Did it damage the brand? Or the concept of folding phones? “Whatever about anything else, it didn’t damage the brand,” he says. “Last year, we saw that in the Interbrand categories Samsung jumped several places to become the sixth most valued brand globally.”

Indeed, his main problem with regard to the Galaxy Flip Z folding phone is that he can’t get enough. Is there a supply chain problem? “No, it’s just demand,” he says. “I’m looking at pre-registrations and I now know that we will not be able to get enough of them. I’m actually desperate to get more.”

This appears to confirm again, if any such confirmation were needed, that demand for €1,500 (£1,260) phones shows no sign of weakening. The Galaxy Flip Z doesn’t have Samsung’s most powerful specifications. Its premium feature is that folding glass screen.

Despite what pundits might have you believe, Irish consumers are more than happy to spend large sums on the phones they really want.

“The Irish premium market segment grew by 5% last year,” Conor says, denoting a segment of the market that represents handsets over €600 (£503) in price. “Our market share grew by 2% last year.” Can that continue? Brexit looks set to have a particularly interesting effect on the price of Irish electronics due to the way in which some big brands peg their pricing here against UK distribution and warehousing.

Despite running the UK and Ireland operation from London, he says that Ireland will still get the same European-wide recommended retail pricing (RRP) following a UK-EU trade deal.

“It has caused a huge amount of uncertainty, but we always give a European RRP in Ireland and that won’t change,” he says.

Samsung, like most other mobile manufacturers, has a wider challenge of persuading people that they need 5G. For all of its 92% UK market share, sales of 5G handsets are very low. This is not just because telecoms operators have yet to complete their network upgrades (in Ireland, Three hasn’t even begun to roll it out). It’s also because few in the industry, even at this stage, can articulate a clear and immediate advantage to a 5G signal (and handset) or a 4G one.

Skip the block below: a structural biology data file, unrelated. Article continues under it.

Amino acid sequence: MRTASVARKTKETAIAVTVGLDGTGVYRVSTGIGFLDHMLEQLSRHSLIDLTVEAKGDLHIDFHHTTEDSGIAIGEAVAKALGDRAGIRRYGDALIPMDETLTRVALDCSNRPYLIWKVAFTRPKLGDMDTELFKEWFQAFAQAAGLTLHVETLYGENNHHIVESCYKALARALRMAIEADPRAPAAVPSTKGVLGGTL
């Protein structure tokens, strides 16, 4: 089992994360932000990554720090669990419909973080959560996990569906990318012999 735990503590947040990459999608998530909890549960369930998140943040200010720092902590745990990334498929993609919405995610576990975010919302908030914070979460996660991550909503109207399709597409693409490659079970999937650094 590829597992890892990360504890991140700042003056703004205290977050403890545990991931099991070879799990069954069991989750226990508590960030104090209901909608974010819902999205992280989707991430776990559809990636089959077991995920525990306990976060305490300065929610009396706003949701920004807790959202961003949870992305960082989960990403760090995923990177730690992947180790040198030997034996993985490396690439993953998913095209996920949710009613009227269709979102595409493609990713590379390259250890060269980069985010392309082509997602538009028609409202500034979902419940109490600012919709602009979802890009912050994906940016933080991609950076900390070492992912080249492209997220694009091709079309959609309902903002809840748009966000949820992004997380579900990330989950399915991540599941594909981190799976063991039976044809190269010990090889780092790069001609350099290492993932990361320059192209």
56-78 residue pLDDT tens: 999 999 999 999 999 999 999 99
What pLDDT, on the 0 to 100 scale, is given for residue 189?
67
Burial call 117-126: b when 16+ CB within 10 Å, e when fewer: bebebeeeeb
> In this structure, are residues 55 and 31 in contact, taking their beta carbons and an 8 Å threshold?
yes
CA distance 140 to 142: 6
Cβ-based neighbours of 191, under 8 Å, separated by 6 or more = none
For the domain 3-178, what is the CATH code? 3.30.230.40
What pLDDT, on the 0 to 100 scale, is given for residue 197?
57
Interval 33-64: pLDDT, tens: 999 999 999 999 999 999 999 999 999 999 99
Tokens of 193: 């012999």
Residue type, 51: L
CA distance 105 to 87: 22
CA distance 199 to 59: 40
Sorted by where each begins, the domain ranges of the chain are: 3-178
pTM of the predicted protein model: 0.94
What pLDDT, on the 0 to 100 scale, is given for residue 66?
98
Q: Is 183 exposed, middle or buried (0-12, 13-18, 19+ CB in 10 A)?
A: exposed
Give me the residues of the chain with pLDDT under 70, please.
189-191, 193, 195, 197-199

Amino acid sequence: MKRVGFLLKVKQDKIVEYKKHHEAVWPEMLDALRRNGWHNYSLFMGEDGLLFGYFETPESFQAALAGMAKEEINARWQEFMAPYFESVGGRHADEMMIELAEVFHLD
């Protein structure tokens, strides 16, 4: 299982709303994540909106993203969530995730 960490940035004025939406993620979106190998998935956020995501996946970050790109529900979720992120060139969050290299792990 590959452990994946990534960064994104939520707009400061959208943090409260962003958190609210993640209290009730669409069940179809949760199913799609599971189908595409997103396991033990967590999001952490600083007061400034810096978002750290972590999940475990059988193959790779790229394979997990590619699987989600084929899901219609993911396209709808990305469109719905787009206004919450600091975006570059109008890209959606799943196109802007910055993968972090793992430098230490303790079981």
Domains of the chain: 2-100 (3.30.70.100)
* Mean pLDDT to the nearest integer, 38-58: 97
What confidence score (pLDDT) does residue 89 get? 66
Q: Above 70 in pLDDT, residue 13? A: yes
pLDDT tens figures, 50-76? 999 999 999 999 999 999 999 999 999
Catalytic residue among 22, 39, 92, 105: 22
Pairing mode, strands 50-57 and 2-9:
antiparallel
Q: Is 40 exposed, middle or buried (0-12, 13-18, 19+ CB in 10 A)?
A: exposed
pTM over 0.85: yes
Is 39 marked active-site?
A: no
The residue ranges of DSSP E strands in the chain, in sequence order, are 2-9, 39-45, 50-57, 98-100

It may also be because there’s no 5G iPhone, which is due in September. Apple has proven to be pivotal for pushing consumer demand toward, or away from, a technological direction over the years.

The point is not lost on Conor, but he points to what consumer surveys say about the new technology. “They say they want faster download speeds, better quality in calls and high-quality video calling,” he says. “They may seem basic, but if 5G gives you a better experience, people will go toward it.”

The slow demand for 5G may also be helping the small corner of the web that insists it isn’t a ‘safe’ technology and that somehow it is imbued with greater health risks than 4G or 3G before it. Given his job title, Conor wouldn’t be expected to give this much credence.

“There’s been no real evidence of that,” he says. “Even the World Health Organisation says so. But in any case, Samsung complies with all international standards on safety.”

And 5G apathy and Brexit uncertainty aside, will the Galaxy Flip Z herald a new era of folding phones? Conor says it’s just one bet in Samsung’s attempts to generate a “premium experience”. The coming months should indicate whether the market agrees.